How to Really Learn From Failure
Photo Credit: Sybren Stüvel via Compfight
You’re probably familiar with the popular saying that “there is no failure, only feedback”. I think that is a very powerful and inspiring statement. However, it is also incomplete.
It is true that failure can constitute feedback regarding what you’re doing wrong, which permits you to adjust your actions until you’re doing things right, which leads to success. But it won’t constitute feedback and lead to success by itself.
It’s not enough to just fail in order get useful feedback and ultimately to succeed. If it were enough, there would be plenty more successful people out there. You also need to actually study failure, understand it and learn from it. Only then it constitutes valuable feedback, and thus it paves the way to success.
I do believe failure can be very useful, but only if you learn from it. And unfortunately, many people do not. Thus, they keep making the same mistakes, they don’t cut their learning curve short and they never achieve the success they crave.
For this reason, I want to show you how to consciously leverage failure as feedback. I’m gonna discuss the best 4 methods I know to really learn from your mistakes and use them to become triumphant.
1. Start by Being Willing To Analyze Your Failures
I find that many of us aren’t even willing to look at our mistakes. Because it make us feel bad.
When we fail at something, we try to instantly forget about it and we distract ourselves from the knowledge we have fallen short using food, alcohol, games, music, partying and so on.
The problem is that this prevents us from getting anything other than a bit of superficial learning from our mistakes. In order to get a deep learning experience from them, we need to study them attentively, without falling in the other extreme and obsessing over them.
So, even if it may not be the most pleasant experience right now, take a good look at your failures and seek to learn from them. Trust me: as you study your mistakes and learn from them, you’ll be able to achieve much more success, which will allow you to look at your mistakes with new eyes and not feel hurt.
2. Seek to Isolate the Causes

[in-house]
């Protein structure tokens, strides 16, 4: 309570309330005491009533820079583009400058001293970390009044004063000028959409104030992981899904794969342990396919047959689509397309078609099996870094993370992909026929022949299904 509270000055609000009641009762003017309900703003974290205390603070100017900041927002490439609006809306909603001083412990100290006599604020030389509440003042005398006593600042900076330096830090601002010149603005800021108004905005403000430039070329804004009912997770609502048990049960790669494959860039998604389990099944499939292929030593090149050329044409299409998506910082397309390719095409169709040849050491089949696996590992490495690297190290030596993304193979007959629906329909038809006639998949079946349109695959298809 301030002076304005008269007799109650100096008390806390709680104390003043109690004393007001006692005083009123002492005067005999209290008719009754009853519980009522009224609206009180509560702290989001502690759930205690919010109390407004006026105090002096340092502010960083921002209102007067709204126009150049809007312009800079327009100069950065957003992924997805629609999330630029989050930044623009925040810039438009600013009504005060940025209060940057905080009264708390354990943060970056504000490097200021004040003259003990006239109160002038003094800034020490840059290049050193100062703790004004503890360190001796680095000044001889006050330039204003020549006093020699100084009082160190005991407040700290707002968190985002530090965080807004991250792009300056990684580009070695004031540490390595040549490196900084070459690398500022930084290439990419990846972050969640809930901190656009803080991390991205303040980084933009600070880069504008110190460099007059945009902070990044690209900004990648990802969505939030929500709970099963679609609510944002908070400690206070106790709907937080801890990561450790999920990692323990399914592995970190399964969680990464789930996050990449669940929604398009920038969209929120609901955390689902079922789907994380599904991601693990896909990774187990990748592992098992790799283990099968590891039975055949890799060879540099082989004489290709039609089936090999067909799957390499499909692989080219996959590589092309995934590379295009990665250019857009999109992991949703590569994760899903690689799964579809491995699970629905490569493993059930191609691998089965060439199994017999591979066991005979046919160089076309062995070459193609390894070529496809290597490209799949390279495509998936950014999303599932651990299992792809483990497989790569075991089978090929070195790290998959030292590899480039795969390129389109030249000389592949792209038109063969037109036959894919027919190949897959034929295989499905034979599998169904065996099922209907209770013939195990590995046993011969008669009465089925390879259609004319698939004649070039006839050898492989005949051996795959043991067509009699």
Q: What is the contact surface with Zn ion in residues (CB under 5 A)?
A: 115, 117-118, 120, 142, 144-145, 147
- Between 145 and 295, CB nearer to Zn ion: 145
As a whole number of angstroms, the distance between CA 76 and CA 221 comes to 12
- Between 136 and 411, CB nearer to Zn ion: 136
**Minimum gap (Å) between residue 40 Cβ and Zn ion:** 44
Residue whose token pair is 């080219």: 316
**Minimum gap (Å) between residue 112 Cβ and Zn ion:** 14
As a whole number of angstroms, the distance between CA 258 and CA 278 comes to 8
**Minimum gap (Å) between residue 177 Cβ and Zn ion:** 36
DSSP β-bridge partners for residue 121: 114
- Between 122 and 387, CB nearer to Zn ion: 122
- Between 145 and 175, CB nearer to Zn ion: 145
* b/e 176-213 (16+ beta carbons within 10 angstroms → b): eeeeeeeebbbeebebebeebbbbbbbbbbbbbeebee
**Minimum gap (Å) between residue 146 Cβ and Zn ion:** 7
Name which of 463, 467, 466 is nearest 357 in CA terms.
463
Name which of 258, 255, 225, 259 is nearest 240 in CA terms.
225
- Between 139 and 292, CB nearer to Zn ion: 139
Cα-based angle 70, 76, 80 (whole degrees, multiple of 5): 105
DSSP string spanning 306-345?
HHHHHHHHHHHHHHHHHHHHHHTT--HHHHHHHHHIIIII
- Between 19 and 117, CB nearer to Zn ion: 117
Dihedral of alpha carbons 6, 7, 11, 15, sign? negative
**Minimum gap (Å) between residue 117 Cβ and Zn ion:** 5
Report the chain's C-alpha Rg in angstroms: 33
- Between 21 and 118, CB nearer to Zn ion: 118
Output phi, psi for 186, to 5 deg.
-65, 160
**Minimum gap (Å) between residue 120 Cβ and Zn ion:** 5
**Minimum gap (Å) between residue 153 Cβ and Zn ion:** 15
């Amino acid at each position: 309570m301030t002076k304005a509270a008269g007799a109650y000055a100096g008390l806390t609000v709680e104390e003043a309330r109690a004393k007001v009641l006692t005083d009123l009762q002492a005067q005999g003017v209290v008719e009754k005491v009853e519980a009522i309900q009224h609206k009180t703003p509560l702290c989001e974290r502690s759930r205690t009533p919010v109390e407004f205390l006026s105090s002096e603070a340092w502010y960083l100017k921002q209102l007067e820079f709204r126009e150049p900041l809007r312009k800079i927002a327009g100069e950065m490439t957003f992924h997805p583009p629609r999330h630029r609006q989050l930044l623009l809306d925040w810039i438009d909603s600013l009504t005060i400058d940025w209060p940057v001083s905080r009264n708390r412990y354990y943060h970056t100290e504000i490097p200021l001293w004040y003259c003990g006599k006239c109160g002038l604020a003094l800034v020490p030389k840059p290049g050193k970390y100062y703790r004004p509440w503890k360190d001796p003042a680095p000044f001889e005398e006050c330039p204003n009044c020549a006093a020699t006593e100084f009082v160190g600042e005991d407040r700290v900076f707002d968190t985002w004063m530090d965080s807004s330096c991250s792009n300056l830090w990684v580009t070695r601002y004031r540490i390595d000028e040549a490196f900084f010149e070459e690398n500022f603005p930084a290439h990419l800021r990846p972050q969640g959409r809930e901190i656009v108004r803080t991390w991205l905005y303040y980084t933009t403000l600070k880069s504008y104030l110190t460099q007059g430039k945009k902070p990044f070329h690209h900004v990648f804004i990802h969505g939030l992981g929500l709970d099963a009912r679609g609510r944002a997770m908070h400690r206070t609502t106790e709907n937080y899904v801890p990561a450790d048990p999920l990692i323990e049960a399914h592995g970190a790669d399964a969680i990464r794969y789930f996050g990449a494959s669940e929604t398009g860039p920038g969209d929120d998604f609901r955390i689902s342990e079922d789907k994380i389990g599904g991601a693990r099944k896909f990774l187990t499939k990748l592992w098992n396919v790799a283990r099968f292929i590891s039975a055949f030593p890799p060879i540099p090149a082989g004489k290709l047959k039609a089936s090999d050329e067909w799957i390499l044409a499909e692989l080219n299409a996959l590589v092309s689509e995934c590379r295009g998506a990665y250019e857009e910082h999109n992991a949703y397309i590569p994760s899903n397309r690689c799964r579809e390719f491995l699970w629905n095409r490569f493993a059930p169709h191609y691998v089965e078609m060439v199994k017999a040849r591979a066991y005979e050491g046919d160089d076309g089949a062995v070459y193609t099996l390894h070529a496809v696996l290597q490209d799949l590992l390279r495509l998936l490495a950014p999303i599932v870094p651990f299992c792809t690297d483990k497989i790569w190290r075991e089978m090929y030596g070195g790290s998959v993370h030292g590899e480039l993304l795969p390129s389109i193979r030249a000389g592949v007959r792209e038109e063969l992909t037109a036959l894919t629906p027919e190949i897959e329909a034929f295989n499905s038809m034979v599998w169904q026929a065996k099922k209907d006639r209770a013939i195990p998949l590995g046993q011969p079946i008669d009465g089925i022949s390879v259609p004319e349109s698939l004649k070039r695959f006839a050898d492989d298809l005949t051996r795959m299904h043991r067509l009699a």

How do you study failure effectively? In my perspective, the most important thing to do is to identify the key causes that lead to it.
You see, most of our activities involve dozens of specific behaviors, but only a few of them are responsible for failing. It’s chief to isolate them so that we can then change them. Otherwise we might change the wrong behaviors, the ones that were not responsible for the failure.
This is often not easy, but it is doable provided that you think in terms of causes and effects, and you do seek to isolate the proper causes.
Let’s say you have a sales meeting with a potential client, and after the meeting, that potential client decides not to buy your services.
You can start to look at specific behaviors you had during the meeting and based on the verbal or non-verbal reactions they got from the other person, identify with fair accuracy the ones that made them decide to not buy your services.
Was it the way you walked into the room? The fact you disagreed with them on a crucial issue? The fact you were sloppy when you presented the benefits? You can figure this out if you analyze your behavior carefully.
3. Do Split-Tests
Split-tests are the best way I know to isolate specific causes and get a powerful learning experience.
A split-test means using two or more versions of the same behavior, presentation or process that only differ in one aspect, and comparatively measuring the results they create. Thus, you’ll understand exactly what influence that one aspect has.
For instance, you can test different versions of a sales page that look the same except for the headline, and measure the sales conversion rate of each one. Whatever difference in sales will occur, the headline is responsible for it, since it is the only variable. Thus you learn a lot about good headlines.
Whether you work primarily online of offline, you can take the concept of split-tests and use it to gain valuable insights that otherwise you may never get. So put it into practice.
4. Look With Someone Else’s Eyes
A common problem when we analyze our own failures to learn from them is that, since we are emotionally invested in the matter, we will not be able to look at them objectively. So we will make false interpretations and learn very little.
A very powerful exercise I know for dealing with this problem is trying to look at the issue as if you were someone else. Imagine you’re a cold, calculated, external consultant who comes to take a look at your issue and learn from the mistakes.
Look at them with the eyes of this external consultant, who sees the failure that took place as someone else’s. You’ll find that you’ll be a lot more objective and you’ll be able to realize things that you wouldn’t have otherwise.
And the more you use this exercise, the better you’ll get at it. You’ll develop your ability to study your mistakes in a rational and detached manner, which is crucial in gaining precious insights.
When you have the ability to effectively learn from failure, it rewires your whole way of thinking about failure. It indeed does become a form of feedback in your mind, and you no longer perceive it as failure per se; only as an intermediate step towards success. That’s when your drive to succeed and willingness to fail is sky high.
Eduard Ezeanu coaches socially inept individuals and helps them develop a repertoire of tools for social success, from naturally good comebacks, to storytelling skills, to rock-solid conversation confidence. You can find him on Twitter and Facebook as @artofconfidence.
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